SAT Vs. ACT: Which One is Right for You?
A common question that students face is whether to take the SAT or the ACT. Both tests seem very similar to each other, but there are differences between them to take into account. These are the steps to determining which test a student should study for.
As you can see above, one of the key differences between the ACT and the SAT is the science section in the former and the lack of it in the latter. The science section absolutely does not test your knowledge of the sciences, meaning that it won’t ask you to label the bones in an arm or describe the correct sequence for mitosis. What it actually tests you on is your ability to make sense of data and information. Are you able to understand how a study is set up? Are you able to identify variables and correlations, and then use this understanding to answer questions about relationships between different variables? If anything, the science section of the ACT tests your critical thinking and reasoning abilities, as do any of the other parts of the tests. Students who are logical and able to quickly understand information, graphs and variables may do well here. The math needed in the sciences section is minimal; numbers-based questions will often point you to an equation given to you in the passage, or for simple operations.
Additionally, the ACT tests speed more than the SAT does. There are many more questions for the amount of time that you have, meaning that in order to succeed on the ACT, you must be able to move mechanically and methodically through the test. People who usually do well on the ACT are not necessarily strong readers; in fact, the reading level for the ACT is lower than that of the SAT, meaning that the text and questions are somewhat easier as well. Something else to keep in mind when thinking about the reading sections is that the SAT will have historical documents that give a lot of students grief due to the antiquated language that these passages use. Though there is a way to train to read these types of passages, it is difficult and puts a lot of students off.
Lastly, a major difference in the tests is in the essays. The SAT and ACT essays are completely different; if you write for one like you would the other, you will fail one of them. The SAT essay will ask you to analyze the effectiveness of an article or speech in conveying a specific point. To do this, you must point out rhetorical strategies that the author or speaker uses, and analyze how these strategies or devices help the person make his or her point. However, in the ACT, you must write an argumentative essay about a given topic and the perspectives presented in it. If a student prefers analysis, the SAT essay will seem more attractive. If a student prefers argumentation, the ACT essay will seem like the better choice.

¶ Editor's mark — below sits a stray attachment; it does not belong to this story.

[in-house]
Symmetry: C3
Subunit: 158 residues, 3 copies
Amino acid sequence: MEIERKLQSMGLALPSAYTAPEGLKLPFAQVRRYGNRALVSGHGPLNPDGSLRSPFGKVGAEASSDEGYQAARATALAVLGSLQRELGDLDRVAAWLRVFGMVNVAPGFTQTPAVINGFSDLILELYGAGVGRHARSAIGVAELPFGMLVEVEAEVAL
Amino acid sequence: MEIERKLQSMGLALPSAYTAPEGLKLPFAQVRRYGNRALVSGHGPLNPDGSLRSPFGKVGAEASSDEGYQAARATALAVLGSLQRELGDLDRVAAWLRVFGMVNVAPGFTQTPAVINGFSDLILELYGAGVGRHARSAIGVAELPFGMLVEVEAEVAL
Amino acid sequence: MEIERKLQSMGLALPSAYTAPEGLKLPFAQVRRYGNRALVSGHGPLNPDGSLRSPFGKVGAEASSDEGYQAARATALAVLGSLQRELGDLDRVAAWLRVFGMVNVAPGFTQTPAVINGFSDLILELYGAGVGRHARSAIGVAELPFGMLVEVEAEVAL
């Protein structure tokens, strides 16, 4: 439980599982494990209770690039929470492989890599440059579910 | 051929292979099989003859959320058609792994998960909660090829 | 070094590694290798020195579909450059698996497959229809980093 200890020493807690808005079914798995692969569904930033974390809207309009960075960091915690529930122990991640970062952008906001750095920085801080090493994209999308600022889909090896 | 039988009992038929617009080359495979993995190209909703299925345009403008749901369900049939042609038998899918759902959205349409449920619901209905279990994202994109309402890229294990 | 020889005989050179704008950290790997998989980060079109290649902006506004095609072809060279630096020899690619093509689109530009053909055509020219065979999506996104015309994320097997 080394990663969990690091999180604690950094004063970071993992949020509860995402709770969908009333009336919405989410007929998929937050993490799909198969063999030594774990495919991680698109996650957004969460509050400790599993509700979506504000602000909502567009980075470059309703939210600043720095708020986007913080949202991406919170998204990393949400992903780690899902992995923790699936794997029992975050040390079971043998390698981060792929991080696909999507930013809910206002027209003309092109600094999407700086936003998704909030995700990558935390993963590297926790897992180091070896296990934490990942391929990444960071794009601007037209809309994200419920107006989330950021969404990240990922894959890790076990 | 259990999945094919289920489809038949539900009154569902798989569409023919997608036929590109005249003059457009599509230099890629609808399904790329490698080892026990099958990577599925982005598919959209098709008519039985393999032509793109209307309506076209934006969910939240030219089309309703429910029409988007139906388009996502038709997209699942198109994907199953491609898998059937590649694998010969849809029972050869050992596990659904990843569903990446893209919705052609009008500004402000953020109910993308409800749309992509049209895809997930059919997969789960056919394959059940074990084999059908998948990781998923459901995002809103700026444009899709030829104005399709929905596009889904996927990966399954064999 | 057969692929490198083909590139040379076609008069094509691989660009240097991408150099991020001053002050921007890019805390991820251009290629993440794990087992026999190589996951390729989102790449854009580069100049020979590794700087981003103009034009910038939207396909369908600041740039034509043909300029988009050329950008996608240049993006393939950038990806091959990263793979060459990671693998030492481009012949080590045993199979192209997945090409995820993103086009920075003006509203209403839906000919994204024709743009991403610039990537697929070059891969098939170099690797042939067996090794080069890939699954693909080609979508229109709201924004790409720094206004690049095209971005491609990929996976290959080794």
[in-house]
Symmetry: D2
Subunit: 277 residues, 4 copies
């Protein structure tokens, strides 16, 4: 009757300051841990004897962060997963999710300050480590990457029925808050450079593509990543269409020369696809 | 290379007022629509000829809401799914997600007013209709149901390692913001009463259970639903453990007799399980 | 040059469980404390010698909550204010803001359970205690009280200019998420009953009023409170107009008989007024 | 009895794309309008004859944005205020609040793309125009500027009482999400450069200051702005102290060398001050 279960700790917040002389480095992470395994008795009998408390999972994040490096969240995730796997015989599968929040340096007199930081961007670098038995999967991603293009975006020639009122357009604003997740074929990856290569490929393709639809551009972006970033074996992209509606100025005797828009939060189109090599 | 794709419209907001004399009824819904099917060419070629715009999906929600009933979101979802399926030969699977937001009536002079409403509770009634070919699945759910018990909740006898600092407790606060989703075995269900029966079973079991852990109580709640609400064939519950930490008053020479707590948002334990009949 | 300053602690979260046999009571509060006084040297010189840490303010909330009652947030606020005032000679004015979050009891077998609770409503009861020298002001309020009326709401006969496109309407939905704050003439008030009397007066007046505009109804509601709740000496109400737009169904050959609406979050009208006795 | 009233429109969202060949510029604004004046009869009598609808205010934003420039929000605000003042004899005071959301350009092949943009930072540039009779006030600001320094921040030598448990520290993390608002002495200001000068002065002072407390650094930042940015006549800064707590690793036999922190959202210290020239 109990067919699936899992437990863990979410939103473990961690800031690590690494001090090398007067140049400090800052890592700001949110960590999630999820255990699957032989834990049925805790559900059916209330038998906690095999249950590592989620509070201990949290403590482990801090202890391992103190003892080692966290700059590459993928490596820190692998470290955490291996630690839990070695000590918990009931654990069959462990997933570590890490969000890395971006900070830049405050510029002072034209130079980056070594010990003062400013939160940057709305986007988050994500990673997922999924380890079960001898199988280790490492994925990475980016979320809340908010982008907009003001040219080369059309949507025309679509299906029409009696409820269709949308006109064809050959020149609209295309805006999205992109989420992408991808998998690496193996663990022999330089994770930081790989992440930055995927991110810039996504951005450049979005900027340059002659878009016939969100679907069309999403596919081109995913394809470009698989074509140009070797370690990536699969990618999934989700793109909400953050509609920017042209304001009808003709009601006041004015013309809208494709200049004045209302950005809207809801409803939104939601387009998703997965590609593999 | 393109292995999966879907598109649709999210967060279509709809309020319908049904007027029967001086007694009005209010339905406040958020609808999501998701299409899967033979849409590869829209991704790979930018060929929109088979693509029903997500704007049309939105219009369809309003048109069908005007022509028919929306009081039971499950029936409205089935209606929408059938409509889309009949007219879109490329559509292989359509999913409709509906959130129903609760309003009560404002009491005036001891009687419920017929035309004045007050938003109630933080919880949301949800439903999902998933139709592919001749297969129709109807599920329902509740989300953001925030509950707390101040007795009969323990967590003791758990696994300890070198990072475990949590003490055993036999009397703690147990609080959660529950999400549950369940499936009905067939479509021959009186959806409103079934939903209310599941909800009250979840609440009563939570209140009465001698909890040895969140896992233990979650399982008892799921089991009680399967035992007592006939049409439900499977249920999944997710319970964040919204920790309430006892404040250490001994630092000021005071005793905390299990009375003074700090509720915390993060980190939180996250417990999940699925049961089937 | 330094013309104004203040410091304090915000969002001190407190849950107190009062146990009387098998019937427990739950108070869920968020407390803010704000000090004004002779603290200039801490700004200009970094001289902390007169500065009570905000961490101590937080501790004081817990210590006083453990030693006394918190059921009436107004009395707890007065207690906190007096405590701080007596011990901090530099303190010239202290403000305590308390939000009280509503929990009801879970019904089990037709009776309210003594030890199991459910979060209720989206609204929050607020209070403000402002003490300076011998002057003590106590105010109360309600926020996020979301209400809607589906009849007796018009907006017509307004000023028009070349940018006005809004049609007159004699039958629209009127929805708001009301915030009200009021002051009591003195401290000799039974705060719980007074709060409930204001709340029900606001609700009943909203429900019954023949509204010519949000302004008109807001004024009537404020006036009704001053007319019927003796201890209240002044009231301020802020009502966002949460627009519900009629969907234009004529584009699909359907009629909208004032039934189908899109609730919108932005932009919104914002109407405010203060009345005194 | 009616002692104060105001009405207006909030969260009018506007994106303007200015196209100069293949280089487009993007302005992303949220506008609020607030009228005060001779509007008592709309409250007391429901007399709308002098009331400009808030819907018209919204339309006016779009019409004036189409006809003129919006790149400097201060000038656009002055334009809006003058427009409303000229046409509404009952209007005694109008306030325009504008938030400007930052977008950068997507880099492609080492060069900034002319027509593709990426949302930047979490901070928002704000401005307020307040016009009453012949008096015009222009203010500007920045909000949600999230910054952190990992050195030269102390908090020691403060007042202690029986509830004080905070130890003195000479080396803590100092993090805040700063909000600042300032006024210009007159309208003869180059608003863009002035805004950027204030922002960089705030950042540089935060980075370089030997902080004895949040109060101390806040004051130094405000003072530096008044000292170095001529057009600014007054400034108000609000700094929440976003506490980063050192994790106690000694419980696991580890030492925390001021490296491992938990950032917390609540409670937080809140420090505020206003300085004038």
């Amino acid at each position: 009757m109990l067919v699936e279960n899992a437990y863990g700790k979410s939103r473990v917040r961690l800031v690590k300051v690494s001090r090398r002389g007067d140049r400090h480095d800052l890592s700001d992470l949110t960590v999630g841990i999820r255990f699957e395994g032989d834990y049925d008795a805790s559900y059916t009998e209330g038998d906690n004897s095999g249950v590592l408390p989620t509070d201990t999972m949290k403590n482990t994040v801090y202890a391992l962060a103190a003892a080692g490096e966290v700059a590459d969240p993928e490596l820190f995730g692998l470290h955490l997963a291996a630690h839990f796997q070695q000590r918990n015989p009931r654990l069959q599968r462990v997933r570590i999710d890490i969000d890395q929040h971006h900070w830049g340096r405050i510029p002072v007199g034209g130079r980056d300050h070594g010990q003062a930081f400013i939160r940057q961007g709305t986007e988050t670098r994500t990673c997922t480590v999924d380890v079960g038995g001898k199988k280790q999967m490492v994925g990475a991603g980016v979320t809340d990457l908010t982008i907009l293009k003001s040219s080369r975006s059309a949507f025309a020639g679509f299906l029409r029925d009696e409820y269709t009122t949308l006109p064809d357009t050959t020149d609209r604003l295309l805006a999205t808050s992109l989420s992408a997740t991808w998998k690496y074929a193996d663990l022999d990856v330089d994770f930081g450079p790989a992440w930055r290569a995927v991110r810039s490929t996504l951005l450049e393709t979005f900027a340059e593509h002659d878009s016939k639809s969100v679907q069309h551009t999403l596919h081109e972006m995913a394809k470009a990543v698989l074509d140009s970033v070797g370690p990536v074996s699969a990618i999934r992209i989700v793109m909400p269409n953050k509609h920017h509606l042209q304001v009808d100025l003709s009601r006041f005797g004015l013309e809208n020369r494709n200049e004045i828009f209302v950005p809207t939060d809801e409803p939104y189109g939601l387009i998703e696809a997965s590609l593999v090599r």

However, what you’re good at does not always translate into what you like. For example, a student may hate writing analysis essays and like argumentative essays more, but be better at analysis compared to argumentation. This is why we suggest that you take a diagnostic test for both; even if you dislike one test more than the other, seeing how you may perform better on it may help you make your decision. This is not to say to just blindly choose whichever you perform better on the first time, however; depending on your weaknesses and strengths, you may find it easier to improve on one test over the other. Remember that the diagnostic is just a starting point; it’s fully possible to raise your score.
While standardized testing may seem daunting, it doesn’t have to be. The key to studying for the SAT, ACT, and any other standardized test is simply commitment. If you don’t commit to it, you won’t improve as much as you would like. Set schedules, figure out where your weaknesses and strengths are, and practice. If you hit a plateau, reevaluate how you’re studying. Are you focusing on the wrong things? Are you brushing off mistakes?
In the end, standardized testing is only a part of your application. However, your score can make a huge difference in influencing how your application is received by your choice schools. Just do the best you can, and let everything fall in from there.